Nature

Salim Ali, Maa, Salim Ali!

 Mobor Beach by The Leela Goa, Cavelosim, Goa

A little girl came down the narrow wooden bridge across the slim lagoon that snakes between the villas at The Leela Goa.

“Salim Ali, Maa. Salim Ali! You don’t know Salim Ali?”

Her maa was silent, but I heard her embarrassment as I passed them. As regards myself, I’ve heard of that ornithologist, but I haven’t read him, and I don’t know more than a half-dozen bird types.

Anyway, for this entire short stay at The Leela Goa, I’ve been sighting mainly crows. Last evening, I’d been sitting in a corner at the Susegado, the beachside restaurant the hotel. Beneath me the stone floor ended and the flour-thin sand of the beach began its long smooth run to the sea. I was reading Kathleen Jamie’s Findings, and sweating in 32º heat like it was 40º. There wasn’t any breeze, just the somnolent beauty of the Mobor Beach by which sprawls The Leela. A fisherman’s boat was moored on the higher sands, small, charcoal black, weatherbeaten. The fisherman appeared now and then, pulled something from his vessel, righted something, and went, and returned. A few guests played on the fringes of the water, all of them Indian, all fully clothed — the season for foreigners starts October.

Above the sparse action sat the lifeguard on a yellow perch, by a red flag that he’d raised to honor the choppy sea. The state has banned fishing for two months in anticipation of the monsoons; the lifeguard in his turn had forbidden swimming in the moment.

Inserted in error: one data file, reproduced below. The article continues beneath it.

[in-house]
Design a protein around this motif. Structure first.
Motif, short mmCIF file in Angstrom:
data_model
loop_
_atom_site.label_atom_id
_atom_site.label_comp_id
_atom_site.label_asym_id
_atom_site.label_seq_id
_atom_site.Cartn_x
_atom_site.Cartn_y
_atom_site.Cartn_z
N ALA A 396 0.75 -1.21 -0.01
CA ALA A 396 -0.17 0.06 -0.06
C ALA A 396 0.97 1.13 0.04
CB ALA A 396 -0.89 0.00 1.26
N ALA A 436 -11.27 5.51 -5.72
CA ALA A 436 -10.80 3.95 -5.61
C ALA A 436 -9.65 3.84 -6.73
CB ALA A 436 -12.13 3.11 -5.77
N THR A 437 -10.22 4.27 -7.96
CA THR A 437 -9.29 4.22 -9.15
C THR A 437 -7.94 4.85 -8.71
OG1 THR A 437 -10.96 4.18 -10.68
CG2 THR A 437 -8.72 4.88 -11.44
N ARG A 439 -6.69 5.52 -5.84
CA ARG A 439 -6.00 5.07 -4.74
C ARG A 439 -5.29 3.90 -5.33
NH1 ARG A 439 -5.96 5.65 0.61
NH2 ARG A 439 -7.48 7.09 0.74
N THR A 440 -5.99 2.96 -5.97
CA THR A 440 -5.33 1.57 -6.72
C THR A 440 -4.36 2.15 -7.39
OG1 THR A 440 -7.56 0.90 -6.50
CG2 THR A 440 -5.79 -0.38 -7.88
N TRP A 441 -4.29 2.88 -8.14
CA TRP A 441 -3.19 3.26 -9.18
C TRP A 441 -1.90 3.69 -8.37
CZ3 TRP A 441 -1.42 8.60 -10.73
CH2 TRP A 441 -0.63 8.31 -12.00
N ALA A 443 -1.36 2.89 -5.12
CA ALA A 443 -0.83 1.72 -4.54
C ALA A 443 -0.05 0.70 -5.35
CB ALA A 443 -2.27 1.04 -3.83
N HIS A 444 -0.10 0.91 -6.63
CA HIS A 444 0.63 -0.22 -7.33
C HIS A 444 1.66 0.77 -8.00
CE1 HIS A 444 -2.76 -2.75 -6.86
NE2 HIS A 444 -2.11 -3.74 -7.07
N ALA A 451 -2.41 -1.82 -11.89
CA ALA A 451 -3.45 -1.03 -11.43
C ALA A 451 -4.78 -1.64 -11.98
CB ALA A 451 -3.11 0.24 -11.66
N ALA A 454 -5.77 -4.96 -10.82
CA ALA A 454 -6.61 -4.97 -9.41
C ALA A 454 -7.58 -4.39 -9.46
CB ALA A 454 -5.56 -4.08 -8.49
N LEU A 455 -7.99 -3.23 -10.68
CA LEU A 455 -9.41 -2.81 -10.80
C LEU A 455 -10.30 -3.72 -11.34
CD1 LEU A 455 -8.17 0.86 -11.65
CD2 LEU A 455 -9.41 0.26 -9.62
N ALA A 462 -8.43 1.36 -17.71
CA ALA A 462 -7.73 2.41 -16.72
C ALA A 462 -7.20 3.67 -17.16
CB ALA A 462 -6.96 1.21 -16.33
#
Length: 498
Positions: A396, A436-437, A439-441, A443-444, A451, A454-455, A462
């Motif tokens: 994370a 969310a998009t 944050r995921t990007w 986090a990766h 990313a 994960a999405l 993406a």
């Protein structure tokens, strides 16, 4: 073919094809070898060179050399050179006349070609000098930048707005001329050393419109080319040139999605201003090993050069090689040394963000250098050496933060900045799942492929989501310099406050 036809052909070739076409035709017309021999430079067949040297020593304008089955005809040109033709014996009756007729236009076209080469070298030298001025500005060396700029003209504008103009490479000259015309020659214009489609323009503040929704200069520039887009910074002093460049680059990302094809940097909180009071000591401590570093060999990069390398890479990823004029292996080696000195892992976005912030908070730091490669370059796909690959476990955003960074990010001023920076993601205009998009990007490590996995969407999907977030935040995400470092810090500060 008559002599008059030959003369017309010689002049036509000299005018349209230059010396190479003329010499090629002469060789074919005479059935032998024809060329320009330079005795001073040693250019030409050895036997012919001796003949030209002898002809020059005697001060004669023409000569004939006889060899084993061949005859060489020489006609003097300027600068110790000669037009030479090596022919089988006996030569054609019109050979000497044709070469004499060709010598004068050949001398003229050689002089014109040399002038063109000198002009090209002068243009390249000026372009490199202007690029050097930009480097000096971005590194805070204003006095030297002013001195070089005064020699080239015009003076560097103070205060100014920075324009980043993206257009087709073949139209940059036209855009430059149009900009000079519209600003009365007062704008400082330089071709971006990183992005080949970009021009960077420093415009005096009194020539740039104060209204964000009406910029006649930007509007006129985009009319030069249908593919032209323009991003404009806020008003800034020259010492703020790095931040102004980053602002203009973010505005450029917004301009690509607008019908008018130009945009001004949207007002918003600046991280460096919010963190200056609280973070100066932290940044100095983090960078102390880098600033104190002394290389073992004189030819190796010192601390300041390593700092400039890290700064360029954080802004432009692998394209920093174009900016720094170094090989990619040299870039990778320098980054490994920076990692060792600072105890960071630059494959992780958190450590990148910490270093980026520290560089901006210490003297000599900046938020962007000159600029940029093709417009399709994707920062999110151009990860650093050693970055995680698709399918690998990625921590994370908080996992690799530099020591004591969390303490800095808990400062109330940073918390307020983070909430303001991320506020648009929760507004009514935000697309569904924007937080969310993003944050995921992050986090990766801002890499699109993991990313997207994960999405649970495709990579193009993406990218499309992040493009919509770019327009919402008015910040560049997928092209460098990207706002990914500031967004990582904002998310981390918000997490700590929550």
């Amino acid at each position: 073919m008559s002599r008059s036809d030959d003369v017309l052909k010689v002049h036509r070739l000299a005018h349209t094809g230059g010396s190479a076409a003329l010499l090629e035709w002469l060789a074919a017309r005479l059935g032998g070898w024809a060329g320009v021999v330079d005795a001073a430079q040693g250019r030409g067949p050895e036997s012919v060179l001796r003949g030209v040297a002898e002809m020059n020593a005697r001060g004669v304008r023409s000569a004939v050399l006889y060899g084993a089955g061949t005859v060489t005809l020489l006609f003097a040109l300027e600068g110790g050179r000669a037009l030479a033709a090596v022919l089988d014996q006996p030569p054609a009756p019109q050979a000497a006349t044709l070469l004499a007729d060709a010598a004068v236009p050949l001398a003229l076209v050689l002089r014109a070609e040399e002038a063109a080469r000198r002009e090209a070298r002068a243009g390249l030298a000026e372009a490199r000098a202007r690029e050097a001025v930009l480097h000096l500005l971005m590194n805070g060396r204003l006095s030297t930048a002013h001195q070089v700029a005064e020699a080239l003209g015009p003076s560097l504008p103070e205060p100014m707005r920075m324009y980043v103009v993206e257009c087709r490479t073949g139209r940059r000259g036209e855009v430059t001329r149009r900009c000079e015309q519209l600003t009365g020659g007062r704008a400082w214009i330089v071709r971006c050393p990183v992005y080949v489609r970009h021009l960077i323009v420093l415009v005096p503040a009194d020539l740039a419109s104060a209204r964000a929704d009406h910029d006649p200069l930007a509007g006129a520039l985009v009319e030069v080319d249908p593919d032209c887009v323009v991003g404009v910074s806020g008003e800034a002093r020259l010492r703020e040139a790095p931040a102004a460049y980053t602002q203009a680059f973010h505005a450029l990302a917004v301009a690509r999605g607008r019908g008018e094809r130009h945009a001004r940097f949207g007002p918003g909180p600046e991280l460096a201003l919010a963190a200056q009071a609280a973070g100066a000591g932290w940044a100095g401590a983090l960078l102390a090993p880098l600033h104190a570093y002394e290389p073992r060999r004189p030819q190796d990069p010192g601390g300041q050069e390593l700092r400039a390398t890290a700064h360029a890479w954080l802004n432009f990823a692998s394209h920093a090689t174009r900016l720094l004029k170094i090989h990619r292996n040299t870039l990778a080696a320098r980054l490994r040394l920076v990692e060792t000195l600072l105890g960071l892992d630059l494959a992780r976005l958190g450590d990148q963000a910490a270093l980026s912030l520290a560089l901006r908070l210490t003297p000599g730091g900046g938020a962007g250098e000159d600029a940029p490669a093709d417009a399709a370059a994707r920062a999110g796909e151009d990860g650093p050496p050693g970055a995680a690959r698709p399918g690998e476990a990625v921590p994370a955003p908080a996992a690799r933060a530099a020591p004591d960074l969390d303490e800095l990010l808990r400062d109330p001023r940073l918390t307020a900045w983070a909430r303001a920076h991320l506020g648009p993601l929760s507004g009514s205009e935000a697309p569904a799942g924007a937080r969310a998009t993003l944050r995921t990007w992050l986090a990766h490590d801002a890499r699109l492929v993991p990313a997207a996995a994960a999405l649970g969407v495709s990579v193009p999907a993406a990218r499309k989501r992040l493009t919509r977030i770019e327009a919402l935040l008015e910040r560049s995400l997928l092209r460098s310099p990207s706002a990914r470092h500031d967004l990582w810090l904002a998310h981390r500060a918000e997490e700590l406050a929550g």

Round me and running as far as I could see, were castrated coconut palms — the nuts hacked to keep the guests safe — should one fall on a head. Being at the end of the shore, close to densely wooded headlands that jut into the sea and stop the run of sand, the beach before the Leela is private, and, during the lean season in June, quiet.

After a time I became aware of the crows, of their insistent cawing, and their large number. I put down my book and gazed at the sea, favoring the crows back of me with only my ear. Just then one of their number shot into view, flying high and seaward, flapping its wings like the crow and sailing now and then in the manner of the eagle. How far over the sea can the crow travel and return safely? It flew and flew and after a long while it fell — a free fall, actually, the wind-currents revealing themselves the times the bird faltered in its fall. It touched down, and soon it rose, gained height and, just as I thought it was coming back, flew toward the white horizon. In time the lone flier became a speck, a flickering dot, and vanished.